“Fedora creates the DNA that allows us to create a new product”
Fedora will engage customers is what hit the news sites, during FUDCon. And with Extras, and what happened, we seemed relatively successful with the meeting and then the launch of the committee. Then we also did the fedora-maintainers list, which seems to not have gone down so well, in-spite of the -readonly copy of it. Acceptance of it has been spotty at best, reading fedora-devel-list.
But it is a necessary evil. Power isn’t reserved for an elite group, and Seth points out quite nicely other private partys. But where do we draw the line is the question. I was part of the unanimous decision to create the semi-private party at fedora-maintainers, because there was no way all the @redhat’s were to sit at f-d-l, and there was quite the bit of noise. Its a fair requirement that if you maintain a package you get placed on another list. You are now a valuable contributor, as opposed to being a regular noise maker, no?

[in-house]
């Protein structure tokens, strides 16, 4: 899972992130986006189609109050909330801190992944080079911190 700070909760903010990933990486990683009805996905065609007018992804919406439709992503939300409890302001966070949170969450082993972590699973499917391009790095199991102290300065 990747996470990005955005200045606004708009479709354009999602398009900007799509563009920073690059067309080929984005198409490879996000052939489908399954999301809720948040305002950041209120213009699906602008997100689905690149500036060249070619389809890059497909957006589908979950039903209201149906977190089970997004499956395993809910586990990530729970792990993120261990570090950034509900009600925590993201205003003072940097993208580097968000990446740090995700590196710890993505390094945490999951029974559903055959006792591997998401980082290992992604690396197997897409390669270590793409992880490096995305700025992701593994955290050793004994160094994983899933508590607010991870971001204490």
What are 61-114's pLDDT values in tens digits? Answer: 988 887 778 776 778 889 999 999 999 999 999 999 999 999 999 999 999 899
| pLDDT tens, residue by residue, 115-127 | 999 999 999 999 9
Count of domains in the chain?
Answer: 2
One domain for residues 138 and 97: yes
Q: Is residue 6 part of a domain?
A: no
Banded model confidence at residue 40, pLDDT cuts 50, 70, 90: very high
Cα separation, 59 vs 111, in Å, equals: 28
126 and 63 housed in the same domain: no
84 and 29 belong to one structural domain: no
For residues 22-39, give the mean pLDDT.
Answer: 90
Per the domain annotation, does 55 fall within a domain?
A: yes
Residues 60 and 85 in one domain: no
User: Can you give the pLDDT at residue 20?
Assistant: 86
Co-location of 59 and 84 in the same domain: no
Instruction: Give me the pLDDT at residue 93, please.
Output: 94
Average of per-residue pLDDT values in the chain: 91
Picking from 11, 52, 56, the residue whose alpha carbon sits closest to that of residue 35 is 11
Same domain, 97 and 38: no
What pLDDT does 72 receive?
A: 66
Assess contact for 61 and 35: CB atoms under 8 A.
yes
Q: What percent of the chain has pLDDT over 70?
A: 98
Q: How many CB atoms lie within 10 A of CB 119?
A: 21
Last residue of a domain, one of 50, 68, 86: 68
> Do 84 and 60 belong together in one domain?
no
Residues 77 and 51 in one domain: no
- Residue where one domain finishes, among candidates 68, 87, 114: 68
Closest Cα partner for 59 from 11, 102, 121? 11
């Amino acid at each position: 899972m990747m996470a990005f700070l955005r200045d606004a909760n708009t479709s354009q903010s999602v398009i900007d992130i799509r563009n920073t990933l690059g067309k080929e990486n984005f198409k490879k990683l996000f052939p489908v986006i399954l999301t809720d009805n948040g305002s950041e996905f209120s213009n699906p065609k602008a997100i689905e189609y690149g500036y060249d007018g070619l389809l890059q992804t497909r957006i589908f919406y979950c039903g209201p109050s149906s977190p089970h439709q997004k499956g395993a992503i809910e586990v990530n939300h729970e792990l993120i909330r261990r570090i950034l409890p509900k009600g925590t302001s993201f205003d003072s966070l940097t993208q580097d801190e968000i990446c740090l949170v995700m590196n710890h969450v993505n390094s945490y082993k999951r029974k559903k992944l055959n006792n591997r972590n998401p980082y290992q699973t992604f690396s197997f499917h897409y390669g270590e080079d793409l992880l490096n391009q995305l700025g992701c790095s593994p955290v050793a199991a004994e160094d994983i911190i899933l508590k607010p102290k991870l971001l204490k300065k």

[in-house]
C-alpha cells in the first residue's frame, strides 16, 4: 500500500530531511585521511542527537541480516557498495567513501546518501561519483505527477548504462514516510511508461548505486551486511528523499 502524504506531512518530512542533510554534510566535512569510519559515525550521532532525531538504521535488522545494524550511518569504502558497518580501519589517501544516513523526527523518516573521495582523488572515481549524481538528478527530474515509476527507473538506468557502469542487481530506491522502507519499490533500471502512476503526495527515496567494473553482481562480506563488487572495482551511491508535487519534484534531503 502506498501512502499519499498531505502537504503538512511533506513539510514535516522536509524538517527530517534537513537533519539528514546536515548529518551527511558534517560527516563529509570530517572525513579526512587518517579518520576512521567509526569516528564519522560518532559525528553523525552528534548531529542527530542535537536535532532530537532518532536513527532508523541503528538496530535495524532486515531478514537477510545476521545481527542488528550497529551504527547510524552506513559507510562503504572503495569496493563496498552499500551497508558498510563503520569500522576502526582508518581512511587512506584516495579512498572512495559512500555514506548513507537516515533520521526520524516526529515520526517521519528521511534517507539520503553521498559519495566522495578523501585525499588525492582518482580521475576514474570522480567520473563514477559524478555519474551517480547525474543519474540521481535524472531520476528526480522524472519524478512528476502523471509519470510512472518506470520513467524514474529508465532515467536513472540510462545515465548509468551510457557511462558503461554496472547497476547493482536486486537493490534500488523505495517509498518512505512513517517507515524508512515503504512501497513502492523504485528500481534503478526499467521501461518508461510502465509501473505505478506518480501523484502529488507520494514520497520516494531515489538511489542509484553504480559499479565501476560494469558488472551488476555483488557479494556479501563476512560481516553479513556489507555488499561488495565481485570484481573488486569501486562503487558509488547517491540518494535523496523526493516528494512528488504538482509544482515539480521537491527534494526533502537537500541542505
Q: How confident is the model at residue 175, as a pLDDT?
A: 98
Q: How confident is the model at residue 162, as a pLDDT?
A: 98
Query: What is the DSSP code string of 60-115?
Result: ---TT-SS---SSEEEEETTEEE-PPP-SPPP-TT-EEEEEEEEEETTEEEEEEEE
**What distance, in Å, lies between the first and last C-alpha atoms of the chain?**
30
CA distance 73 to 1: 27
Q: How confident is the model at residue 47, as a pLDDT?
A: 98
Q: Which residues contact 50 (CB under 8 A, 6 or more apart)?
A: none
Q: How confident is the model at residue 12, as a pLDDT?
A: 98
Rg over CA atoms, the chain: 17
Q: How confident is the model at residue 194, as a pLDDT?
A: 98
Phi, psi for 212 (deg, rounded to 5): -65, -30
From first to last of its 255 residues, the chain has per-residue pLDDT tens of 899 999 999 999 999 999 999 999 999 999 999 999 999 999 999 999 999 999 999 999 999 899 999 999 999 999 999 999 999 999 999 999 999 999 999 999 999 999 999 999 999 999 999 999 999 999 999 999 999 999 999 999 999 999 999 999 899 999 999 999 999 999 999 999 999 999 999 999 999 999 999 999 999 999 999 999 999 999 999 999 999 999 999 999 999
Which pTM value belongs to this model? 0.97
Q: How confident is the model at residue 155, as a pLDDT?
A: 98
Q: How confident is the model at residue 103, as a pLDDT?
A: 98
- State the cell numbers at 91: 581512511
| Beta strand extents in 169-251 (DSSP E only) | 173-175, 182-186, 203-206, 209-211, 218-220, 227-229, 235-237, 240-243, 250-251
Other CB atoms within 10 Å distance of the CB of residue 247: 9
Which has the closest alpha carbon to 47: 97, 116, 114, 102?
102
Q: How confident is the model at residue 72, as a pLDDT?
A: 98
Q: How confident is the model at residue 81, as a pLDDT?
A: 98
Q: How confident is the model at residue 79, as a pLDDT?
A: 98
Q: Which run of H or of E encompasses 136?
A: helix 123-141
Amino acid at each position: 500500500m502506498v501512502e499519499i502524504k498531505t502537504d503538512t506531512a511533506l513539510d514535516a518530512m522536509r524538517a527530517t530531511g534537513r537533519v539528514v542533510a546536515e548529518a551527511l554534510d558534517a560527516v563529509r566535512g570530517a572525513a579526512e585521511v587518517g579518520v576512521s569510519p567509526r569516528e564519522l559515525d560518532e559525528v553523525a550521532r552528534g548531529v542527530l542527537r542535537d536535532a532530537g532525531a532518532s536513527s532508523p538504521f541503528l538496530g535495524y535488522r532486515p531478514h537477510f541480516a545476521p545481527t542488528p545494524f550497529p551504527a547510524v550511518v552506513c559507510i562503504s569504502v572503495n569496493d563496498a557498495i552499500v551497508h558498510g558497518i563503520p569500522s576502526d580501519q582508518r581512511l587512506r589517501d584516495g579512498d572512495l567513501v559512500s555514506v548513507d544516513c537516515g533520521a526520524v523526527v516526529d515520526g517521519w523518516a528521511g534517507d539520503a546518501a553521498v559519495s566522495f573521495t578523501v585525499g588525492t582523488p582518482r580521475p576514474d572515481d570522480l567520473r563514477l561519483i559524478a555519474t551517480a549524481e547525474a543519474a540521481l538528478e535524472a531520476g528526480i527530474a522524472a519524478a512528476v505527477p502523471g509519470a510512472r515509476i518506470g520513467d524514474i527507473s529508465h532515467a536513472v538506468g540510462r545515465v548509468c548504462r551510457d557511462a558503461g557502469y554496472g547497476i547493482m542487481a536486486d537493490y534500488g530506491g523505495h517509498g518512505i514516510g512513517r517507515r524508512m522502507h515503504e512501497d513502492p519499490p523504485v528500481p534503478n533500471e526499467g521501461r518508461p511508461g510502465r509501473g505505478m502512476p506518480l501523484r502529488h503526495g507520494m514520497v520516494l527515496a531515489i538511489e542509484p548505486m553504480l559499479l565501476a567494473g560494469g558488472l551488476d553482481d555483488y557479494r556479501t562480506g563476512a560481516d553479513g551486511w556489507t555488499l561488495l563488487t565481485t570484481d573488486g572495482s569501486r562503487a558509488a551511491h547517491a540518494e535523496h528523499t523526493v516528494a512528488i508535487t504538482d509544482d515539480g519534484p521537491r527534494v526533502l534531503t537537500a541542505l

Take the recent “let’s slim Fedora Core 4 down” discussion. I’m even afraid to count how many messages there were for that. The point of -maintainers is that we figure people won’t bring up the “lets move GNOME/KDE to Extras” kind of discussion. The same discussion gets old. Read the list archives. But the core problem with open source is that everyone feels they need to have an opinion. And everyone feels that their opinion is right. And is the be all, and the end all.
So FC-4 is going to have 5 CDs. Abiword, Exim, bzflag and a whole bunch of other useful packages are disappearing from Core. But they’re not gone anywhere. They’ll be in Extras. Extras will even be enabled, by default, in /etc/yum.repos.d/, so if you’re missing bzflag, a simple “yum install bzflag” will get you happy again. “Core is what Red Hat maintains. Extras is what the community maintains,” aoliva says. And yes, Red Hat is part of the community.
Back to communication. We’re still not definitely good at it. But if there are wanting contributors, the Extras/IdeasSandbox is a good place to start. We have a public schedule for the “shit that needs to get done”. And the Fedora News Updates will come back, as Fedora Traffic; so if you were a wanting contributor, now’s a good time to send me some e-mail.